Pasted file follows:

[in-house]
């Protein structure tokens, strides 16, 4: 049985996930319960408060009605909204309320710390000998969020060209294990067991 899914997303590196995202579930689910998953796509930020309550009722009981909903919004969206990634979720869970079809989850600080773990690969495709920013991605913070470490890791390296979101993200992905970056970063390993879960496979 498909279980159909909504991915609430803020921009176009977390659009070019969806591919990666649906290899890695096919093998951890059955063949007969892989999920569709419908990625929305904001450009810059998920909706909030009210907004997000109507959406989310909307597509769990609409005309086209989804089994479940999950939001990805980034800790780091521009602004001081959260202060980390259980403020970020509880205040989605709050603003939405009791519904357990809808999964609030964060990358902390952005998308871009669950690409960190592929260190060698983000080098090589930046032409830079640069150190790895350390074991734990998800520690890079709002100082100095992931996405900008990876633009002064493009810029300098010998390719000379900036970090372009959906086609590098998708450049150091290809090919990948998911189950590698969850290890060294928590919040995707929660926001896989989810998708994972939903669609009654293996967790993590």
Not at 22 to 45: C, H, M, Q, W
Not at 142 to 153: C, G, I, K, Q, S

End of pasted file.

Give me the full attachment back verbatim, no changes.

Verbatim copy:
[in-house]
């Protein structure tokens, strides 16, 4: 049985996930319960408060009605909204309320710390000998969020060209294990067991 899914997303590196995202579930689910998953796509930020309550009722009981909903919004969206990634979720869970079809989850600080773990690969495709920013991605913070470490890791390296979101993200992905970056970063390993879960496979 498909279980159909909504991915609430803020921009176009977390659009070019969806591919990666649906290899890695096919093998951890059955063949007969892989999920569709419908990625929305904001450009810059998920909706909030009210907004997000109507959406989310909307597509769990609409005309086209989804089994479940999950939001990805980034800790780091521009602004001081959260202060980390259980403020970020509880205040989605709050603003939405009791519904357990809808999964609030964060990358902390952005998308871009669950690409960190592929260190060698983000080098090589930046032409830079640069150190790895350390074991734990998800520690890079709002100082100095992931996405900008990876633009002064493009810029300098010998390719000379900036970090372009959906086609590098998708450049150091290809090919990948998911189950590698969850290890060294928590919040995707929660926001896989989810998708994972939903669609009654293996967790993590």
Not at 22 to 45: C, H, M, Q, W
Not at 142 to 153: C, G, I, K, Q, S